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Jisha bugyo

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  • Japanese: 寺社奉行 (jisha bugyou)

The jisha bugyô, or Temples & Shrines Magistrates, were Tokugawa shogunate officials who oversaw matters pertaining to Buddhist temples and Shinto shrines. The post was established and maintained beginning in 1635. Five daimyô shared the post at any given time; many of them served previously or afterward in positions such as Kyoto shoshidai, Osaka jôdai, or rôjû.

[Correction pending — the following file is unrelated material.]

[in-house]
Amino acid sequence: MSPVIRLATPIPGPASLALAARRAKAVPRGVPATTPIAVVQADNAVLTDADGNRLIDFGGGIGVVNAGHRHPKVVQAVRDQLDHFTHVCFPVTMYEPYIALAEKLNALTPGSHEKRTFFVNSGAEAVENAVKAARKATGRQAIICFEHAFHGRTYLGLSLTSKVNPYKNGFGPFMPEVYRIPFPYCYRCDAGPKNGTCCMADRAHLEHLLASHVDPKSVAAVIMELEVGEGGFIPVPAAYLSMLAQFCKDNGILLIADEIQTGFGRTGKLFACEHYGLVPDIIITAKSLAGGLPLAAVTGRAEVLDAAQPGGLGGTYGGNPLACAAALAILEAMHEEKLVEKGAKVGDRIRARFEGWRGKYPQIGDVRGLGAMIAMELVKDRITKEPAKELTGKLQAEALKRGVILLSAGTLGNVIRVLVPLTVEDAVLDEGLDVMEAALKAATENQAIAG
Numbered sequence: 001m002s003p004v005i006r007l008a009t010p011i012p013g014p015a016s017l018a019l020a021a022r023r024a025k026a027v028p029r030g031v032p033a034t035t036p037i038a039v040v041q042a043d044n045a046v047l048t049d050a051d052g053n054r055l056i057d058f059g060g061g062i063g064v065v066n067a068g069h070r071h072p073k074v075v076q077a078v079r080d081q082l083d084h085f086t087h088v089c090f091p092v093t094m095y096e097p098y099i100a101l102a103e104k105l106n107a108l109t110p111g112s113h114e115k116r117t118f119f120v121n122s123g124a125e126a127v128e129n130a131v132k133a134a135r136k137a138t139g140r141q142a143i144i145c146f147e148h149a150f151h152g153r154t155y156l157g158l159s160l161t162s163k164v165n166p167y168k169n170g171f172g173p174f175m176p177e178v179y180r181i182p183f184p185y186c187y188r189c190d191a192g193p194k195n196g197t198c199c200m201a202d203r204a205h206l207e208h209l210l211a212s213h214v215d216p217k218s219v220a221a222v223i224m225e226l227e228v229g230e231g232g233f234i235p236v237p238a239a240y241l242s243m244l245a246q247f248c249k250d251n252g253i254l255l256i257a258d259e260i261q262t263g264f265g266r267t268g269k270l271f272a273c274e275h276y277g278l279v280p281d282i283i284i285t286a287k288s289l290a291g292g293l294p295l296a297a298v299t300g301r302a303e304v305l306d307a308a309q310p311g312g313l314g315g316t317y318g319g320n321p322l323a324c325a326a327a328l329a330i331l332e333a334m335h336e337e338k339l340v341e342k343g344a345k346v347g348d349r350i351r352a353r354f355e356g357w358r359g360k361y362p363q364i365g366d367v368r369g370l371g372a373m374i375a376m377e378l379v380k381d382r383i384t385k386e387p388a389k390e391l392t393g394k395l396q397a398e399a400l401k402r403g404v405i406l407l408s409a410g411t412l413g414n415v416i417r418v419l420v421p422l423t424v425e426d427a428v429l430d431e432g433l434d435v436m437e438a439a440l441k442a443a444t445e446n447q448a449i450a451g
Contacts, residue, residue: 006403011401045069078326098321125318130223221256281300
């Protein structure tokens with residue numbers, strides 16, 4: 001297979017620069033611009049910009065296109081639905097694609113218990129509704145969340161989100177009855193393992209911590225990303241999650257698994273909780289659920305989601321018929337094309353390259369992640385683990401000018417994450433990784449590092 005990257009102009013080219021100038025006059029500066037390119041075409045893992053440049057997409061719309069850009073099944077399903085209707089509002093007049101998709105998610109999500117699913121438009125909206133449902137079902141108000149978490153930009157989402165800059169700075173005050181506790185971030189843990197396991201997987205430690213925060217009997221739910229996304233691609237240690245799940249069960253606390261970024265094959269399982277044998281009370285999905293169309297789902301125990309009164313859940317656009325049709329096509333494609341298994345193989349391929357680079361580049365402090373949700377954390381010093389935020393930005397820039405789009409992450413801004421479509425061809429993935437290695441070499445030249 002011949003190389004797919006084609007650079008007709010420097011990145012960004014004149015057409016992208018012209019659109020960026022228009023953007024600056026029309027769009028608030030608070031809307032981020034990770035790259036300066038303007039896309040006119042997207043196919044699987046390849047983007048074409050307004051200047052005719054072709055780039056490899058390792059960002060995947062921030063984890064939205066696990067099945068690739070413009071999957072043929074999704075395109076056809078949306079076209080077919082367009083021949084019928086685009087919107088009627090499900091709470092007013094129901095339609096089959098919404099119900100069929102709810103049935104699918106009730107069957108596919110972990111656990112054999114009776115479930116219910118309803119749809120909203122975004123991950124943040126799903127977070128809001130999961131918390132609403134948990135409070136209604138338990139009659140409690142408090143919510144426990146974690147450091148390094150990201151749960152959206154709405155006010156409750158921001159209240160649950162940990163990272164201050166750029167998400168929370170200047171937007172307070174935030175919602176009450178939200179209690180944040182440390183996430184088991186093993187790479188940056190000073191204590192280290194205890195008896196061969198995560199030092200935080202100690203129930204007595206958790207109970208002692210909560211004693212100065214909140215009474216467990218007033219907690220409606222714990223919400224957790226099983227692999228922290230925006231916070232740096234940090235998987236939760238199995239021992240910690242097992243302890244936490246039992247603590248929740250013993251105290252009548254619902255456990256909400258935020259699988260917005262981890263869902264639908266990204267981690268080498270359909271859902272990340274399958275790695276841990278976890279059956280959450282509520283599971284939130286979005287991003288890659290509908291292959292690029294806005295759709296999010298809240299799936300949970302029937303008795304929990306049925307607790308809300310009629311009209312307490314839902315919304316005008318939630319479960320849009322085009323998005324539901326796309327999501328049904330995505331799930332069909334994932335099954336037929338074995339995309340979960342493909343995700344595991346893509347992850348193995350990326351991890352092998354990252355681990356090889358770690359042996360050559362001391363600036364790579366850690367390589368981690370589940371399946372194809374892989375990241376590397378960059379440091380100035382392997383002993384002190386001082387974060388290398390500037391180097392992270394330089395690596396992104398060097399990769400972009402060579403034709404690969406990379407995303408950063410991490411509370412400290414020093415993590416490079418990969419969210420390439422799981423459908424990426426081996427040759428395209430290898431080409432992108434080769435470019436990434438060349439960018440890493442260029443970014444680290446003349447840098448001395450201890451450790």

Along with the Edo machi bugyô (Edo Town Magistrates) and kanjô bugyô (Finance Magistrates), they were known as part of the Sanbugyô (Three Magistrates), one group of the most powerful officials in Edo; the Jisha bugyô were the highest-ranking of these three, with the most privileged seating position in formal audience ceremonies held within Edo castle.[1] They were also members of the hyôjôsho (judicial council), along with these bugyô and others.[2]

Though the jisha bugyô were initially responsible for overseeing the merchant and artisan districts of Edo, this responsibility was taken over by the Edo machi bugyô beginning in 1746.

Select List of Jisha Bugyô

References

  1. Mitani Hiroshi, David Noble (trans.), Escape from Impasse, International House of Japan (2006), xxviii.
  2. Mitani, xxx.
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